Wildlife on the Ashridge Estate

Skylarks on Northchurch Common Ashridge Herts

There is such a wide variety of wildlife at Ashridge, it's hard to know where to begin but here are some of the most prolific and the more rare to whet your appetite.

Ashridge wildlife

The varied habitats at Ashridge

The two major habitats found at Ashridge are the woodlands in the south of the Estate and the chalk grassland and scrub found on the hills to the north. It is this variety of habitats that provide a home for the vast number of creatures that live at Ashridge


Spring is also the best time of year to hear the abundant bird life as they go about the business of setting up territories and finding mates. In the woods listen out for the male great-spotted woodpeckers as they hammer away on resonant branches trying to attract a mate.

There are good numbers of nuthatchs, tree creepers and tawny owls as well as the smaller species such as goldcrest in the conifer plantations. If you are very lucky you may see a lesser-spotted woodpecker or a firecrest.

A chiffchaff perched on a bramble bush
A chiffchaff perched on a branch
A chiffchaff perched on a bramble bush

The scrub habitats on the Ivinghoe hills are thriving with bird life in the spring and summer. Many species of warbler and finch nest here, some returning each year all the way from Africa. Be sure to look for chiff chaff, willow warbler, blackcap, lesser whitethroat, linnet, bullfinch, yellowhammer, song thrush, and a whole lot more on a day’s birdwatching on the hills.


The extensive carpets of bluebells in the woods are one of the most spectacular sights at Ashridge, but there are plenty of other woodland flowers to search for in spring – look out for wild garlic, dog-violets, wood sorrel and lesser celandine.

Blubells have delicate petals
Close up of a bluebell at Ashridge, Herts
Blubells have delicate petals


In spring and summer the hills are alive with flowers: orchids, harebells, milkwort, horseshoe vetch, agrimony, salad burnet, and wild thyme to name just a few.  This rich diversity of flowers supports an equally rich variety of insect life; amongst the most obvious are the butterflies. You can see green hairstreak, marbled white, small copper, dark green fritillary, small blue, and chalkhill blues in abundance.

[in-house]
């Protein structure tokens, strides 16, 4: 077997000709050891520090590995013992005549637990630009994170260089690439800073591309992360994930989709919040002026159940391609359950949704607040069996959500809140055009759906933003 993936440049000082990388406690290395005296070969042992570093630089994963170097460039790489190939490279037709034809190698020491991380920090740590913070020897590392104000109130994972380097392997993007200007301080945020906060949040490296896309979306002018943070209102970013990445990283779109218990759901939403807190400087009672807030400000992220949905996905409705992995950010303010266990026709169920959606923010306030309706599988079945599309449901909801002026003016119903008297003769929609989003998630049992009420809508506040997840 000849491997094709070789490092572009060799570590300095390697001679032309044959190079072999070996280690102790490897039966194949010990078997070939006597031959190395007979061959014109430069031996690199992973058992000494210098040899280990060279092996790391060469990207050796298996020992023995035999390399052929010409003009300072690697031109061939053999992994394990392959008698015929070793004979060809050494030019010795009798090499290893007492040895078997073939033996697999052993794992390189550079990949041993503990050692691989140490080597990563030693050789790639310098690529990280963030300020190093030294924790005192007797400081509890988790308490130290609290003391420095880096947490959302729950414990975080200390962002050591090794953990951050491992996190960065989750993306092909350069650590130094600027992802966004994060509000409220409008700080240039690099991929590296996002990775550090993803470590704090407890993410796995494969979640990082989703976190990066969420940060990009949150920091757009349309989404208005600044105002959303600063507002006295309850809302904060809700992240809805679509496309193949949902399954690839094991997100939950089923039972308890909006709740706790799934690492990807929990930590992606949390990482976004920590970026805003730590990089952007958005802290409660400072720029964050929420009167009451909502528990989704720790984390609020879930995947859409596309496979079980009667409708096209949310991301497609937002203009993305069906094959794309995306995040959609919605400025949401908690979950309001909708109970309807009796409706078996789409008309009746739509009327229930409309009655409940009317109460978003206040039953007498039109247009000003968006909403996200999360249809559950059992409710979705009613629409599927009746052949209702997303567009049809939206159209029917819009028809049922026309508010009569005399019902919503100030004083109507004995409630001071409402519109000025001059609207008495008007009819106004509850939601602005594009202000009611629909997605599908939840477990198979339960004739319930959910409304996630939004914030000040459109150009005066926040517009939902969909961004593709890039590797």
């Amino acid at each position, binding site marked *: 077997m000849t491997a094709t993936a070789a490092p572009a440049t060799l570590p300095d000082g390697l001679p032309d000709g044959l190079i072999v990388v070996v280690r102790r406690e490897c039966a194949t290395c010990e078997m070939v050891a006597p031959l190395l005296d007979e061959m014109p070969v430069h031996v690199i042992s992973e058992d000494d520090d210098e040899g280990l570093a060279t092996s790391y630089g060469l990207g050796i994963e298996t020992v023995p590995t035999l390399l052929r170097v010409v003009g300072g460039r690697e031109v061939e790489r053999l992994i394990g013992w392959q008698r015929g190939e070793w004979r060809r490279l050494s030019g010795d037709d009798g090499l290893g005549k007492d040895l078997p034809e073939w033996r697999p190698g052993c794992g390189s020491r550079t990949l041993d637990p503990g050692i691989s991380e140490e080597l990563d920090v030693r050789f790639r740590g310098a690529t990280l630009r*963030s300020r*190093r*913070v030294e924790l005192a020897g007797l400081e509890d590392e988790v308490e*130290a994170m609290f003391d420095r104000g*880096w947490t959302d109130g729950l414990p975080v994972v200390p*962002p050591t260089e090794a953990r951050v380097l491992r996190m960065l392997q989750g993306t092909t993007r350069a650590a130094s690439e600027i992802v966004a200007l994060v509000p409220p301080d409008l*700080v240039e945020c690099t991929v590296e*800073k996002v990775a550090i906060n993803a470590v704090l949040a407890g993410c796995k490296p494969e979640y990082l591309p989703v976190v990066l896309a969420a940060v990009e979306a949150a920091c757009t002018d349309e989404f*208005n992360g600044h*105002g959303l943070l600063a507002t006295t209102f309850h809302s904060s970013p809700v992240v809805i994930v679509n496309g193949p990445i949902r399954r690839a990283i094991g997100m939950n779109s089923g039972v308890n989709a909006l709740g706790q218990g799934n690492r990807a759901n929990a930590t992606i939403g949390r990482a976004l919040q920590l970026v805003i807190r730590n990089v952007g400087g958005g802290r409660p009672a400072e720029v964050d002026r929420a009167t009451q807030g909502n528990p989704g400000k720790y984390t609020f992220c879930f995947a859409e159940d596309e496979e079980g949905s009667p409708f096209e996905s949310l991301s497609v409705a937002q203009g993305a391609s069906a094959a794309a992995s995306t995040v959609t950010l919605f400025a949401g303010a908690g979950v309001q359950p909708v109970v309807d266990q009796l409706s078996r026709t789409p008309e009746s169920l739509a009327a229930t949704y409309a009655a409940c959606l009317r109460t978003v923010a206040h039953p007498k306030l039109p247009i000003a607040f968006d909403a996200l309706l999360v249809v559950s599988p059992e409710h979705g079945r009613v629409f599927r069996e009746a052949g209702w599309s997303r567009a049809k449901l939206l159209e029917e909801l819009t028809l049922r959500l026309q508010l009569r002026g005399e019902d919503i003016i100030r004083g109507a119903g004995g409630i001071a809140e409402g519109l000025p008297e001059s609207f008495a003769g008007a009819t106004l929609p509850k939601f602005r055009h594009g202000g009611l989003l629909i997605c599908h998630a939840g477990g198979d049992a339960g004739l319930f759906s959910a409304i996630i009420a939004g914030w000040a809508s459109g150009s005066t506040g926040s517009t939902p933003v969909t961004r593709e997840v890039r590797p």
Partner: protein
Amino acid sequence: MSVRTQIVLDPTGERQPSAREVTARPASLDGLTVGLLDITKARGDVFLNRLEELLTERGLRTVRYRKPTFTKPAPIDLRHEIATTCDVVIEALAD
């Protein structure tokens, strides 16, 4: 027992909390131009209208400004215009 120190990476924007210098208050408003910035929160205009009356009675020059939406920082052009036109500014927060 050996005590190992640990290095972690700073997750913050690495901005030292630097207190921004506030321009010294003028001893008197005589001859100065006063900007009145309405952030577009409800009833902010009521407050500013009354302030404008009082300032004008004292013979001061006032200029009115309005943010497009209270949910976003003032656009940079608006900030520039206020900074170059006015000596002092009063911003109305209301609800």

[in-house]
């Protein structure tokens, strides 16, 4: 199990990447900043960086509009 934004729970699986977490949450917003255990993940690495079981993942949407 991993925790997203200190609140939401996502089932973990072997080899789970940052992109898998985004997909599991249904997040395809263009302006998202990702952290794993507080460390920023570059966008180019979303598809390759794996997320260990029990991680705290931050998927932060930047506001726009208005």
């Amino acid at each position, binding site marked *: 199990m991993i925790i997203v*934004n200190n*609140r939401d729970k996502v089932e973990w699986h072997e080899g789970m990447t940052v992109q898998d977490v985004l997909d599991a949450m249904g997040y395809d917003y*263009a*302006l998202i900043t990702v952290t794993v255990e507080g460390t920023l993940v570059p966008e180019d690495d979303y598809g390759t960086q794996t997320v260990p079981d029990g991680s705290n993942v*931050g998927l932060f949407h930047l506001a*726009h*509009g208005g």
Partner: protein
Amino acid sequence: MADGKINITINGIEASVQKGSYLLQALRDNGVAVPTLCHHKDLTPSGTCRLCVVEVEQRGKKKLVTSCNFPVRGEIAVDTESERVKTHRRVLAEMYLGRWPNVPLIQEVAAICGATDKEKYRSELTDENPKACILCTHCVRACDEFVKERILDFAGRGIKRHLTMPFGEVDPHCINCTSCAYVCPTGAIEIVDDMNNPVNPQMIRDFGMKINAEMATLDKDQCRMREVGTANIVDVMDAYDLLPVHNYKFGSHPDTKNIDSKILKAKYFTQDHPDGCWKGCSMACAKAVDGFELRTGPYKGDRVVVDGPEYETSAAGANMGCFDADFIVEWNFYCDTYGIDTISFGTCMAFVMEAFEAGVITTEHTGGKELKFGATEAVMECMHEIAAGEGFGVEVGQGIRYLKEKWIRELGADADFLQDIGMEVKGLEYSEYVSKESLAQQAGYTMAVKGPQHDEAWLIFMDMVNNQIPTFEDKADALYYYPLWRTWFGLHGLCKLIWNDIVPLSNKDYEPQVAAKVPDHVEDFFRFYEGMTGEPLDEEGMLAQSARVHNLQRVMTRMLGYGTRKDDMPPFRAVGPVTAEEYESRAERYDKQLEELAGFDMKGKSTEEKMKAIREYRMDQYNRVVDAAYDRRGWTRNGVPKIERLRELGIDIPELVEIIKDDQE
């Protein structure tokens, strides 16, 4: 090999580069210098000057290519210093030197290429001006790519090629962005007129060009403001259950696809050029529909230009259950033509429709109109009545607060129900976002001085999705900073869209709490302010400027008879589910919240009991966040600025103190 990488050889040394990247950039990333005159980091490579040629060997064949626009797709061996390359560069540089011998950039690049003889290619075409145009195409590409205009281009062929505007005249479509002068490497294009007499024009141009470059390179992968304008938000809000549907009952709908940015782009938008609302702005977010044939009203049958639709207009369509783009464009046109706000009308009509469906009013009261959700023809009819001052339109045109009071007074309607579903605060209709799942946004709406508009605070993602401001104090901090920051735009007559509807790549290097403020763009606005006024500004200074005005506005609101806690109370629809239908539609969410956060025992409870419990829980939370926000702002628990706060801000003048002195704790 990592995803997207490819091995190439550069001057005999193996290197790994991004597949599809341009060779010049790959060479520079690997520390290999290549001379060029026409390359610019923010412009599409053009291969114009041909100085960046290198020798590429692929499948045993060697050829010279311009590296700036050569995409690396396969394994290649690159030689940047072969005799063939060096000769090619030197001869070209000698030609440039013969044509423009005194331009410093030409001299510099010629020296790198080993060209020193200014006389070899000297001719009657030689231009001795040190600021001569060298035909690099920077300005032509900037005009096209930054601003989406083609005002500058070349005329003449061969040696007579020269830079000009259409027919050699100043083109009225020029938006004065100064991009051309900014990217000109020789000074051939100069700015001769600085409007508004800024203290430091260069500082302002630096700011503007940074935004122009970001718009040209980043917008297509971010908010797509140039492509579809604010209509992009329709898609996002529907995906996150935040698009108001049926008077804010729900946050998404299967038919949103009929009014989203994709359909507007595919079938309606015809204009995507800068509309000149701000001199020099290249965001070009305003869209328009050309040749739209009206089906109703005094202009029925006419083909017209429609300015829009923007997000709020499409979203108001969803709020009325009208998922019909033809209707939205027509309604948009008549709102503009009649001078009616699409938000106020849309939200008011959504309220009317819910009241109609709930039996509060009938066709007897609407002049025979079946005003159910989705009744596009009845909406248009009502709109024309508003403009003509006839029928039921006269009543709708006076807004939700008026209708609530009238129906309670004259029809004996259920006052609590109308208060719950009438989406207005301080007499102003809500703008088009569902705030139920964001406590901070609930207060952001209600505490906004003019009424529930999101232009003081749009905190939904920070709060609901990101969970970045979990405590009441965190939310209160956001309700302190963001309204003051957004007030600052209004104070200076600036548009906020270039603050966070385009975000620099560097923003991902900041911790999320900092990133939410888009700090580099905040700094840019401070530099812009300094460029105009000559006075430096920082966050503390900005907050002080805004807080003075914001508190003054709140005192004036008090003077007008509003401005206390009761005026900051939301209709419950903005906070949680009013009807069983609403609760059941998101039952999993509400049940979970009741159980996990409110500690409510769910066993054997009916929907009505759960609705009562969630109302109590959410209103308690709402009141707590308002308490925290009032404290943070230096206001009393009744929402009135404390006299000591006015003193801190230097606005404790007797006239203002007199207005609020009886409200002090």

A very rare butterfly is found near the Ivinghoe Beacon during spring – the Duke of Burgundy is one of Britain’s fastest declining butterflies but it has a strong population here at Ashridge.

The rare Duke of Burgundy at Ashridge
Duke of Burgundy on Ivinghoe Hills Ashridge Herts
The rare Duke of Burgundy at Ashridge

There are also a great number of butterflies to be seen In the woods – you may be lucky and catch the spectacular courtship flight of the silver-washed fritillary whilst passing through a woodland clearing. The purple emperor is another magnificent butterfly but hard to see. It spends most of the time in the woodland canopy feeding on aphid honeydew but comes down to ground level occasionally to feed on carrion or animal dung.


On a summer’s evening bats can be seen hunting over the meadow near the visitor centre. Bats roost in decaying trees and use a huge number of individual trees over a season, some for only a few nights and some for longer periods. Nine species of bat can be found at Ashridge, including the common and soprano pipistrelles, brown long-eared, noctule and Daubenton’s. 

It’s not only bats, but a huge range of creatures, many of them insects, that depend on decaying features in trees. We take special care to look after our deadwood habitats.


The fallow deer rut takes place around October when the woods resound to the noise of bucks trying to attract mates. Deer come from all over the Estate to gather on the traditional rutting stands where the males stake out their display areas by ‘groaning’ and scent marking. After about a month when the action is over, they disperse again.

A herd of fallow deer grazing at Ashridge
A large herd of deer grazing at Ashridge
A herd of fallow deer grazing at Ashridge

Find out more about the history of deer and deer management at Ashridge


There is no better time to visit the woods than during autumn when the trees are changing colour and there is a spectacular display of fungi - but we don’t recommend eating what you find unless you are an expert.